The First Artist Retreat
The early expectation around Creative Capital was that it would merely give out grants to risk-taking artists, but Lerner had something far more ambitious in mind. “The first thing I said to Arch when he hired me is that I’ll have to have the money to bring the artists together,” she said. Gillies was hesitant at first, but Lerner told him, “this will turn out to be the most important thing we do.”
That gathering turned into the Artist Retreat, a multi-day convening of artists and arts professionals dedicated to making the projects, for which they had received a Creative Capital Award, a reality. Lerner says that the vision for this was modeled partly on her experience at Alternate Roots, a grassroots organization in the south supporting community-based artists doing original work. In 2000, Creative Capital secured space at Skowhegan in Maine for a weekend in August.
They invited all the artists that received awards that first year to come, but only half agreed to come, mostly, says Lerner, out of skepticism and confusion about what the gathering actually was. Lerner said she told the staff, “Trust me, when we do this once, we will never have to beg people to come again. And of course, we didn’t. It was amazing.” Today, the Creative Capital Artist Retreat has expanded to accommodate around 300 attendees, becoming a core part of the award, and has proven to be an integral event spurring the careers and networks for many artists.
Funding at Strategic Moments
Lerner and the team she formed at Creative Capital were determined to create a granting organization that dispersed money to artists through a system of benchmarks, encouraging them to think strategically about the money they would need over the lifespan of their project. The model was based on venture capital companies that were known for creating a framework of success for many startups in Silicon Valley at the time. “If they’re going to make a million-dollar investment in a business,” Lerner explained, “they’re not writing a check for a million dollars to that business. They say, ‘Here’s $250,000. Go out and do the research to see if your product is filling a need.’ Ok, great: it is. Now we’ll give you another 250 to prototype it, and then we’ll give you money to create it and market it.” Lerner felt that this model provided a way to think about how money, strategically applied, can open up a lot of possibilities for the artist. Doling out the money in this way created “headspace for people to think about their project in different phases, and other stabilizing needs beyond the project itself.”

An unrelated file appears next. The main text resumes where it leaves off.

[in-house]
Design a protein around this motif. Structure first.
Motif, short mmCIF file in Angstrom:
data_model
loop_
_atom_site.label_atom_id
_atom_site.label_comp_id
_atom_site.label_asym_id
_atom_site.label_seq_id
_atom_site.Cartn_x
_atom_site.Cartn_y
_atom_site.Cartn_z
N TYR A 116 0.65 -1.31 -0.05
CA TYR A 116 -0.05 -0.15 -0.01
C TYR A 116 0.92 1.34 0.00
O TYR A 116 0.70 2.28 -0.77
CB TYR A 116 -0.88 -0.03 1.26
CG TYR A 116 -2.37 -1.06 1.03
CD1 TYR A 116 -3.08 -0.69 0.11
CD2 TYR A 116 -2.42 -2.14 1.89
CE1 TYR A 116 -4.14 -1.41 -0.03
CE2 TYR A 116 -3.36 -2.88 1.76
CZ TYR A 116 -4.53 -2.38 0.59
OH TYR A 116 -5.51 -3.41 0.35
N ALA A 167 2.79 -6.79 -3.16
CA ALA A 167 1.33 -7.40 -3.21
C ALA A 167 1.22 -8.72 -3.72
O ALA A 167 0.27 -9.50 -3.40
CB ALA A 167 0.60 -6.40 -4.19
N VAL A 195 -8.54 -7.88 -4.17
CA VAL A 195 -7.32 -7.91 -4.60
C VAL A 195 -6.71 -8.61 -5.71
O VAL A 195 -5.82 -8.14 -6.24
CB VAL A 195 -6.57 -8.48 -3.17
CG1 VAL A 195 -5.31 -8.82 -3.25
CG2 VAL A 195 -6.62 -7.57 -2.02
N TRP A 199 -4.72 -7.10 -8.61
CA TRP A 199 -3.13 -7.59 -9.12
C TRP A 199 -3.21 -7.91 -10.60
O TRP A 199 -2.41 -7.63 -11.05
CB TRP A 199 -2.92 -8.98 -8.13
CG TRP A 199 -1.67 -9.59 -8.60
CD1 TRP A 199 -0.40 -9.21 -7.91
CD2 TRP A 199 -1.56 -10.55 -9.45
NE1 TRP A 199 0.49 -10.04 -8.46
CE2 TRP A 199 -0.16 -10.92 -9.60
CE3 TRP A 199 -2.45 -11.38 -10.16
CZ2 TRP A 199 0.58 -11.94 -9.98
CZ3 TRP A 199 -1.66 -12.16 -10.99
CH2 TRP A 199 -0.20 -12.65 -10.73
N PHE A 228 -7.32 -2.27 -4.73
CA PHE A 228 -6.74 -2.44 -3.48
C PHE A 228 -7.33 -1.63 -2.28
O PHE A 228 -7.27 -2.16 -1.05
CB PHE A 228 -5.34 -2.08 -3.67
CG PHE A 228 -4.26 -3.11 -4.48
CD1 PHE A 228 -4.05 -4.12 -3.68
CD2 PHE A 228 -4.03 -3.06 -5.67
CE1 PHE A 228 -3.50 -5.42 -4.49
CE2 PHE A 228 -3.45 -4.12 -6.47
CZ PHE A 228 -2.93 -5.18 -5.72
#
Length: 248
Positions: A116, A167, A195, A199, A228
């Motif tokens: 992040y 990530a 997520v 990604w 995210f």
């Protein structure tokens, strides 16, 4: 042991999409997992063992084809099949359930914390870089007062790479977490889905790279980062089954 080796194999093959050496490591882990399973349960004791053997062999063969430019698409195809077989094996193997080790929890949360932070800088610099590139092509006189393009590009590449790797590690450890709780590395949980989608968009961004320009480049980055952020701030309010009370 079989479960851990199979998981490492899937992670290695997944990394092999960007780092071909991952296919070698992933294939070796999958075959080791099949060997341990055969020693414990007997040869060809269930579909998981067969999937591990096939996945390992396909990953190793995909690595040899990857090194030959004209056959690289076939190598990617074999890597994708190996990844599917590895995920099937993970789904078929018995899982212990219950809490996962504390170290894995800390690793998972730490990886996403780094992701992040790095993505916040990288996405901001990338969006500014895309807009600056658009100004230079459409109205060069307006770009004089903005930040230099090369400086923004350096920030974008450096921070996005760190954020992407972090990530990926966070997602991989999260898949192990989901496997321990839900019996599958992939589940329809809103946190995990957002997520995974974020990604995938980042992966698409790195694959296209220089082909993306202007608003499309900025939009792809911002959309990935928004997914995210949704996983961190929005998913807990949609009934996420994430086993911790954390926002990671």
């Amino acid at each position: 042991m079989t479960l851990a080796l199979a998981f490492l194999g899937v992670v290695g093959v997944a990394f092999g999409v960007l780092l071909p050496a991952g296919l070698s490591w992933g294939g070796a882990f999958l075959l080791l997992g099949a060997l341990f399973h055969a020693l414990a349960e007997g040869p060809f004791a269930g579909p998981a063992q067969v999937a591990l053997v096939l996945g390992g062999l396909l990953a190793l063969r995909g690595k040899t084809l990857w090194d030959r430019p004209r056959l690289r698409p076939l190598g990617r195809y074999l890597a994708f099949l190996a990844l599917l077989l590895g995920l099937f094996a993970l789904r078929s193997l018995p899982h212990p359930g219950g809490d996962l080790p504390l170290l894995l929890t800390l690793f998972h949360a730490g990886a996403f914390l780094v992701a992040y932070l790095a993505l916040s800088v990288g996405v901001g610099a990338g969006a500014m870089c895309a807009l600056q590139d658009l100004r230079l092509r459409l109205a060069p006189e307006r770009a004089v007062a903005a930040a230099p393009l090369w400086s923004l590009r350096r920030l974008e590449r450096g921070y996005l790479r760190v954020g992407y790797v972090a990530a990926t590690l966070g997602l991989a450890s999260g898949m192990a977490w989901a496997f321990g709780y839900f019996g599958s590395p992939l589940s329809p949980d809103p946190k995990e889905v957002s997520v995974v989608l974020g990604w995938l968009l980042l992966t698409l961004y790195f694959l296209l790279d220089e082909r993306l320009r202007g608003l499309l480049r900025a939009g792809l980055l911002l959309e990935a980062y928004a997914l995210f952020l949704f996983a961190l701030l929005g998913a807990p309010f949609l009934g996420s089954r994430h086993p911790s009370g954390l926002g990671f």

As Creative Capital continued on, they refined this model and learned from their experience. For instance, Lerner explained, “there was a point when a number of artists were coming in after they had their openings, in different disciplines from film to performance, and they were all super disappointed at the things that had not happened around the premieres of their projects.” There was a clear problem that the staff realized they could solve. “We could do an intervention into what I used to call the ‘expectation-disappointment curve.’ We could do this by bringing all engaged parties to the table before the fact instead of dealing with the disappointment afterward.”
As Arch Gillies and others supported Lerner’s ideas that sounded crazy, Lerner strove to create an organization that would trust the artist when their project ideas were nascent, rather than when they had already made the work.
About three to six months before the premiere date of a particular project, Creative Capital began to convene all the people involved to bring a work of art to the public—directors of museums, film festivals, or publishers, as well as the artist, and mediated by Creative Capital staff. They would discuss how best to make the work a success. “The stakeholder meeting was a big innovation,” said Lerner. The small amount of money that Creative Capital offered toward this premiere moment, up to $7,500, “made a huge difference around the premieres of these projects because you could target based on what wasn’t going to happen otherwise.”
Bringing an artwork to the public can be as much a collaborative effort as the creation of the work itself. Lerner reflected on how her experience working with filmmakers at AIVF influenced her to bring models in the film world to all arts disciplines. “They understood that it took a village to release a film, and sometimes to make it.”
Professional Development Changes Lives